Lockdown Is NOT An Introvert’s Dream

by Christine Organ
Originally Published: 
Frustrated woman sitting on floor at home.
Aleksei Morozov/Getty

When social distancing restrictions and stay-at-home orders first started coming down in mid-March, lots of memes circulated about how it was an introvert’s dream. I might have even liked or shared a few. Because it’s true, staying home is kinda my love language.

As Awesomely Luvvie wrote, “When this pandemic was declared, introverts were like we have been practicing for this moment all our lives! We ain’t gotta go to random places and deal with crowds? We don’t have to people? Sweet. We’ve been social distancing as a life mantra for a long time so we have more practice than most on staying put and not gallivanting everywhere all the time.”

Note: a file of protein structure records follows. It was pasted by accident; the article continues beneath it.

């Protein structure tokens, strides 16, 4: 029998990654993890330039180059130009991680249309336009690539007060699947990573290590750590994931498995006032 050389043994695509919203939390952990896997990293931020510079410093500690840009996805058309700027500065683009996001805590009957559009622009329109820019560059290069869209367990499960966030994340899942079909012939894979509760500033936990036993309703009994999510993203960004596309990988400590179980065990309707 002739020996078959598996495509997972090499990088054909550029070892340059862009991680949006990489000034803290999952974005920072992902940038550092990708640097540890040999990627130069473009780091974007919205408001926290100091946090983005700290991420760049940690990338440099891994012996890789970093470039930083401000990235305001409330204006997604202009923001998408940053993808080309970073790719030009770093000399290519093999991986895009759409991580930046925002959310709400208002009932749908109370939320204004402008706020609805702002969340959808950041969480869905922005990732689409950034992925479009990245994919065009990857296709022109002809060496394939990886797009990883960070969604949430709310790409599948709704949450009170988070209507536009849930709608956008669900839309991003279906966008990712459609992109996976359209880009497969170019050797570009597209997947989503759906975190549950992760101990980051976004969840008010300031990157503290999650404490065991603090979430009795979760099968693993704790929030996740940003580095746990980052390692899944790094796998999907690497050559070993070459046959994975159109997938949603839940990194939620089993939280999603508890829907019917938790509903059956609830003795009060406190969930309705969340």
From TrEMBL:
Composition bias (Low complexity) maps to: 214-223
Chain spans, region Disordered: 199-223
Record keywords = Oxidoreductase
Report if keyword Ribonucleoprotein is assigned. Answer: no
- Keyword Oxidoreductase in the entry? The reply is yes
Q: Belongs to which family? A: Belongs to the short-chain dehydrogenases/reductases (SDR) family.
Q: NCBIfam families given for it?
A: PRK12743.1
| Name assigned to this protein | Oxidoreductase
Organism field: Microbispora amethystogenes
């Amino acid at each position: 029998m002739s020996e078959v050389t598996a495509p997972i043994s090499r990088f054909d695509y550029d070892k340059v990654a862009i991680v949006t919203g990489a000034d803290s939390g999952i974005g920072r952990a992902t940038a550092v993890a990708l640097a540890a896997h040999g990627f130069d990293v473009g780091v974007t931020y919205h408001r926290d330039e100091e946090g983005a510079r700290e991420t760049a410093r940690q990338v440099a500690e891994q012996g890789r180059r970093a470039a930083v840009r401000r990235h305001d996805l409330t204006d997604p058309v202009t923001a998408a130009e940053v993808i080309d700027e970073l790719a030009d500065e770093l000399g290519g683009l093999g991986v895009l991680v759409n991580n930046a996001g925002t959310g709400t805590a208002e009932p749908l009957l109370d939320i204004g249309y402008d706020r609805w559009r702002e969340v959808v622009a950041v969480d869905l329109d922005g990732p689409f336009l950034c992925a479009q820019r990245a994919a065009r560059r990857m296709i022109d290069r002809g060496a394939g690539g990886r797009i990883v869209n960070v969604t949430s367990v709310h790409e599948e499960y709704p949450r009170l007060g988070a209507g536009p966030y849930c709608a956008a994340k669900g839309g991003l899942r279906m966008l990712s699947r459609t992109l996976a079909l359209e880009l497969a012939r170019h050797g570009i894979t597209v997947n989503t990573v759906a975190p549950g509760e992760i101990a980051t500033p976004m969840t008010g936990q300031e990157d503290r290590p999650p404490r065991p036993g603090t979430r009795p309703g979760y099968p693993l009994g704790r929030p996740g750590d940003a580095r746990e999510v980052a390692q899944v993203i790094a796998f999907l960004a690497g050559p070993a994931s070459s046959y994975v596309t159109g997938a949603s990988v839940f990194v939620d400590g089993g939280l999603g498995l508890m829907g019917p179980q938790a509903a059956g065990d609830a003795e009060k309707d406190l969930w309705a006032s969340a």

But we were wrong. I was wrong.

I love being at home, and I enjoy my own company. As much as I enjoy traveling (and I really enjoy traveling), I love being at home just as much. I also have social anxiety, which means I generally prefer to spend time with my inner circle people or alone than getting together with lukewarm friends and acquaintances. I like quiet, comfort, and one-on-one conversations.

At first blush, the idea of staying at home seems like heaven for an introvert like me. In a lot of ways, it hasn’t been all that bad. I genuinely like my family and enjoy spending time with them. I have a safe home, and what it lacks in fanciness or trendy décor, it makes up for in coziness.

But just because I am an introvert homebody doesn’t mean this whole pandemic quarantine thing has been a walk in the park. Far from it.